My teacher was testing our ability to follow instructions, and getting the right answer was not necessary in that case. It may have been a trick question with no correct answer, or maybe I fouled up terribly.
Either way, I did the right thing by reviewing the instructions. That helped me realize I needed to respond to the second part of the instructions with a review of the outcome.
I had the opportunity to chat with my teacher after the semester. He explained that by showing I was mindful of the instructions and that I cared enough to check my work, he saw I would be able to handle similar problematic situations in the future.
What I Learned From This
Keep in mind that your teacher might merely want to see if you follow directions and know the importance of checking your results.
As it turned out, my teacher was satisfied to see that I was aware of my mistake. It benefited me to make an effort to check my work and struggle with it in the time I had remaining.
You can do well by displaying enough knowledge of the subject to show that you know what you're doing, even though you might have gotten the wrong answer.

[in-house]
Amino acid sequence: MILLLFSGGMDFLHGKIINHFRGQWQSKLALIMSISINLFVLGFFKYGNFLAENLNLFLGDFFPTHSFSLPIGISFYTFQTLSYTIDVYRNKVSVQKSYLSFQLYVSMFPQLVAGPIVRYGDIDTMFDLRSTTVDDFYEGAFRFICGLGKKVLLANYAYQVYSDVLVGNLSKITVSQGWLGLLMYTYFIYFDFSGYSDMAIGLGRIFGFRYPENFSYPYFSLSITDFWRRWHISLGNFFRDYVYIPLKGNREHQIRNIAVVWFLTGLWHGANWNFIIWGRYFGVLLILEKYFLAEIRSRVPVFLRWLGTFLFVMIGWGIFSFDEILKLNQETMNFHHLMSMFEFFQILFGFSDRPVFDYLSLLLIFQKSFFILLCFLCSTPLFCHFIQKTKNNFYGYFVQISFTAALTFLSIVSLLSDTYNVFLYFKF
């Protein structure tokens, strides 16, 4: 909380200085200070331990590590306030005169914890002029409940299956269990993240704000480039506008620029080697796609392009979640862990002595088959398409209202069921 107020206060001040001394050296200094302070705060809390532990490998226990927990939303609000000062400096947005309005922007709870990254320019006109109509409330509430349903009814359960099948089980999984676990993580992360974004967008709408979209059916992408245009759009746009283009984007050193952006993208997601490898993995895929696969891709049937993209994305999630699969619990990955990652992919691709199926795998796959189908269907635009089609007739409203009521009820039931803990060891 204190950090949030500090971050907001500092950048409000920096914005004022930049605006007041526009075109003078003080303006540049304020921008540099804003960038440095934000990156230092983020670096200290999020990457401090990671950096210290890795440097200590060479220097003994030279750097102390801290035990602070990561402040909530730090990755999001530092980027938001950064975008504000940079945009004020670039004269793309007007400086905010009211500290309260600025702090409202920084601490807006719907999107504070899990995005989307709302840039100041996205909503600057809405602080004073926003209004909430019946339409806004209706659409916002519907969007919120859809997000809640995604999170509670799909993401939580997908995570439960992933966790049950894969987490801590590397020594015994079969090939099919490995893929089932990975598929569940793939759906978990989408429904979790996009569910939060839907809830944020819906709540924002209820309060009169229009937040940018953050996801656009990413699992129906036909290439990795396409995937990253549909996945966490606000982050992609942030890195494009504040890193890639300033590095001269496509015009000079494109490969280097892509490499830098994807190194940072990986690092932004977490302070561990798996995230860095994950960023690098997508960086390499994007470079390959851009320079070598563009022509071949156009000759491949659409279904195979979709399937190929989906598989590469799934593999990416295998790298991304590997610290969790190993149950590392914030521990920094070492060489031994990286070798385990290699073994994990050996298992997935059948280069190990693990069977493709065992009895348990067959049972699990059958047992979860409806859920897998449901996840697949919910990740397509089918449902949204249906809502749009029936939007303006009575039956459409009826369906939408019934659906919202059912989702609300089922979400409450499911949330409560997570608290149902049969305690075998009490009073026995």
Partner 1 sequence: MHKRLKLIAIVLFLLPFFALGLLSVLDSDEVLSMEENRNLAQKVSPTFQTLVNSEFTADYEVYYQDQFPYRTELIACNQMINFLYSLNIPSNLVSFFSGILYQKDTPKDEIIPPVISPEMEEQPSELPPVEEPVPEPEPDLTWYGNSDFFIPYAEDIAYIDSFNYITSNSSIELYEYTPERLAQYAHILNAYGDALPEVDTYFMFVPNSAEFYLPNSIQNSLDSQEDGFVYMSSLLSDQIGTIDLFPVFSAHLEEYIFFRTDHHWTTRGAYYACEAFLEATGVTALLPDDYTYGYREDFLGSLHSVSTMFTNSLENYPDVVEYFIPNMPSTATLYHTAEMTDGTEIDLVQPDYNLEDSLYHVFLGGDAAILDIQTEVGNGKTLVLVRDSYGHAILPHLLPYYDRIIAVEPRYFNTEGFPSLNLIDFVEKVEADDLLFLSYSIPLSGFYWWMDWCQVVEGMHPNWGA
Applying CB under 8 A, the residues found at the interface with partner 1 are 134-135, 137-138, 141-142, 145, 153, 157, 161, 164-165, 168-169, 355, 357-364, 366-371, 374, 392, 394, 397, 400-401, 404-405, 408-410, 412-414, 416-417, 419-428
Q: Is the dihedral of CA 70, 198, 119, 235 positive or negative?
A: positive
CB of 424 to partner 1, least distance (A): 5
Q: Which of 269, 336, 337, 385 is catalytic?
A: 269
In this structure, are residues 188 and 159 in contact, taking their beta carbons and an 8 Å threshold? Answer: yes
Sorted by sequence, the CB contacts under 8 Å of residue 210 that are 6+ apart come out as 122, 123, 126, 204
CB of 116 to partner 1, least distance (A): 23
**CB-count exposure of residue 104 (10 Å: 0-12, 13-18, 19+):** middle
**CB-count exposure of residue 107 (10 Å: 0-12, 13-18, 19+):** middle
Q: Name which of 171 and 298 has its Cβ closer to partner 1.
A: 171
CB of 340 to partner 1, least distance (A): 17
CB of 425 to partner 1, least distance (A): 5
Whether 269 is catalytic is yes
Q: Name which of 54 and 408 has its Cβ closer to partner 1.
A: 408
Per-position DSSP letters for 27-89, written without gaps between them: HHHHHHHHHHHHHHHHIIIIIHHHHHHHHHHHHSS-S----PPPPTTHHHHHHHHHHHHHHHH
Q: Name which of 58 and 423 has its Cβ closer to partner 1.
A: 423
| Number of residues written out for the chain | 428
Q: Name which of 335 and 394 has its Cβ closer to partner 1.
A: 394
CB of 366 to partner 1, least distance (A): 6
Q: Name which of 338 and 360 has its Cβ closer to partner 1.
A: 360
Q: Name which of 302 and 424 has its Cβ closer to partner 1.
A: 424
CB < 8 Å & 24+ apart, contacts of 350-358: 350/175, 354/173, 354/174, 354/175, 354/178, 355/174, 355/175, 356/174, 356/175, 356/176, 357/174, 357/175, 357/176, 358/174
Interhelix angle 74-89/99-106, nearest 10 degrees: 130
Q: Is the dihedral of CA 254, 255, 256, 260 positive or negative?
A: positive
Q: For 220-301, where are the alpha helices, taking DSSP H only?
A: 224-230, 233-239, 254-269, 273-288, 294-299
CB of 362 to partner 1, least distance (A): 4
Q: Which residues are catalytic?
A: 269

It doesn’t matter if it’s a problem with a physics exam or any other type of subject. The crucial thing is to know how to manage your limitations and analyze the options you have available. And most of all, pay attention to instructions.
What’s the Purpose of a Final Exam?
Every teacher has a different plan. They might be using a final exam to discover how well students worked through the semester’s curriculum. They usually want to see how you apply what you’ve learned. I found that to be the case with most college courses, and it applies to the example I showed you above.
Kevin Gannon, a professor at the Grand View University in Iowa, explained that there is no one-size-fits-all for final exams.3